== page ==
22nd Jun 2022 - Reuters
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COVID-19: Brits to have first access to vaccines and treatments when new science super-centre opens
US pharmaceutical firm Moderna is to establish a global clinical trials base in the UK, which it says will endorse the country as a science superpower - and future-proof it against emerging health threats.
22nd Jun 2022 - Sky News
RMI's COVID-19 vaccine partnership with Acacium proves a success
The joint aim of the companies was to provide vaccines to vulnerable communities
Remote Medical International (RMI) – which specialises in protecting the health of workers in diverse areas across the world – partnered with healthcare solutions company Acacium Group to provide vaccinations in areas of notable need during 2021-22. Their joint aim was to deliver mobile vaccination and COVID-19 test processing units throughout the Midlands and South East of the UK during the pandemic. The companies delivered mobile-testing with a results turnaround time of less than three hours and, throughout the course of their deployment, processed in the excess of 200,000 tests
21st Jun 2022 - PharmaTimes
U.S. factories pop up to make medical gloves, spurred by pandemic
Rising from a muddy field on the outskirts of the small town of Fayette, Alabama is a bricks-and-mortar symbol of the global COVID pandemic: A new glove factory.
When completed in 2024 the complex, owned by Japan’s SHOWA Glove Co will be able to produce about 3 billion medical-grade nitrile gloves a year from its dozen massive new, five-stories-tall, automated assembly lines. That may seem like a lot but is only a small slice of the over 100 billion consumed in the United States annually.
22nd Jun 2022 - Reuters
Twitter Accounts Hyped Company Seeking Covid Vaccine Trials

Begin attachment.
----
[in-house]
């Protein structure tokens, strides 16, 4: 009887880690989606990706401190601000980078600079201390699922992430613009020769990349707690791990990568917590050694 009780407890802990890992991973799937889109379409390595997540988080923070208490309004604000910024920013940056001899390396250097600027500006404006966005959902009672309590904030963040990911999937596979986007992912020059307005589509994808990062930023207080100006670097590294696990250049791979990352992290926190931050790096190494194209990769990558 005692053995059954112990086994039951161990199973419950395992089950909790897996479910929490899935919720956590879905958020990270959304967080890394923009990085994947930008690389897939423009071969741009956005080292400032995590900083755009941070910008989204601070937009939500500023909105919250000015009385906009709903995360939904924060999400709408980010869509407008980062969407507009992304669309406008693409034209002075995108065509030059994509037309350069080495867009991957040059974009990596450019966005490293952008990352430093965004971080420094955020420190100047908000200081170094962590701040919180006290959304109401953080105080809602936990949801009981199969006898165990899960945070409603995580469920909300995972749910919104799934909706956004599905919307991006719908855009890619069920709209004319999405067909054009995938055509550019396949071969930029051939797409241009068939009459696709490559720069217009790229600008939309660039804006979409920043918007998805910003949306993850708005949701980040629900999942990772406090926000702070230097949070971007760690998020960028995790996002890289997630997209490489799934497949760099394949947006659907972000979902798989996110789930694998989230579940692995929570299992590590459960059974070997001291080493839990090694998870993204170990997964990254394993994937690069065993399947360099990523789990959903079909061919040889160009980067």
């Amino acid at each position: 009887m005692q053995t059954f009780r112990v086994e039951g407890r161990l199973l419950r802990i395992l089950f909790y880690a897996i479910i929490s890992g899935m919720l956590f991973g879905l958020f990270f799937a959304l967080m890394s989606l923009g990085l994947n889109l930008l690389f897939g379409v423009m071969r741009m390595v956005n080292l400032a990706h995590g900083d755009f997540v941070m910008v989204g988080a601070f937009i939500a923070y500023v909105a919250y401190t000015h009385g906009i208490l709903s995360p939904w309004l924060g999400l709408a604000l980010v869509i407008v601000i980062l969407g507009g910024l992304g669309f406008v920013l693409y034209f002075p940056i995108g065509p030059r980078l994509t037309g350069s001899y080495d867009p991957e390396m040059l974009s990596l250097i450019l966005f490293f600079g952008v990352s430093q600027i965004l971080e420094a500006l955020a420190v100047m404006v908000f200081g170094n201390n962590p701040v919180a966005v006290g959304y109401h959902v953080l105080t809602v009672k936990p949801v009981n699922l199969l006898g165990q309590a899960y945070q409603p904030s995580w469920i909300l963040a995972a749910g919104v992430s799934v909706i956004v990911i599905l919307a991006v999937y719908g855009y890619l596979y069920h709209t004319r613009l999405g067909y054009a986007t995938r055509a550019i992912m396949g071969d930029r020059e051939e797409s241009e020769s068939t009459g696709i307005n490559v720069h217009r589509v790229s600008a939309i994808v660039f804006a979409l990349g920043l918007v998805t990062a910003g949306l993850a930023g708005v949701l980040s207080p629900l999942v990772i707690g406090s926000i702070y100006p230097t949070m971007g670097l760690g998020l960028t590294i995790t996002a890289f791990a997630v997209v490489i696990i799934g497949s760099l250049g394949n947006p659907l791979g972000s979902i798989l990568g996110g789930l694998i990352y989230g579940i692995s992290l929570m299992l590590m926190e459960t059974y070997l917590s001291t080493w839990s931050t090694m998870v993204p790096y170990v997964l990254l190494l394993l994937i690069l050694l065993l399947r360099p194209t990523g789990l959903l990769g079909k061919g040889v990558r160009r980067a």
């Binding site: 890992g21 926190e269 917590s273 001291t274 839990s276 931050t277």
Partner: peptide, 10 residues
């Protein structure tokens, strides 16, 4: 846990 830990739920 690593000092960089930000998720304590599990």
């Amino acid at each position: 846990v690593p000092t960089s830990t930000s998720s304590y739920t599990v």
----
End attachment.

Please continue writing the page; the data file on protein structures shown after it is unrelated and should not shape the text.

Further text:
A network of Twitter accounts pushed messages to boost the share price of a biotech company as it sought approval to run a clinical trial of its Covid-19 vaccine, according to research provided to Bloomberg News. The tweets promoted stock for Ocugen Inc., which is based in Malvern, Pennsylvania, at rates well above market value, according to research by Alethea Group, a startup that tracks disinformation. The company’s share price nearly doubled in a little more than a week. The findings suggest a coordinated social media effort to sway interest in an otherwise little known medical technology company, according to Lisa Kaplan, Alethea Group’s founder and chief executive officer.
21st Jun 2022 - Bloomberg
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Canada's latest travel restrictions as Covid-19 vaccine mandate lifted for domestic and outbound travel
Passengers boarding planes or trains in Canada will no longer be required to be fully vaccinated against coronavirus from June 20. The government in Ottawa has lifted the vaccine mandate for domestic and outbound travel as infection rates continue to fall. Rules about inbound travel remain unchanged and mean that non-Canadians must be vaccinated to enter freely. Those who are unvaccinated are required to take tests before and after arrival as well as self-isolate for two weeks.
Face masks remain compulsory for all travellers, unless exempt, including in certain indoor public settings. Those travelling by air are expected to get an electronic travel authorisation (eTA) to enter the country.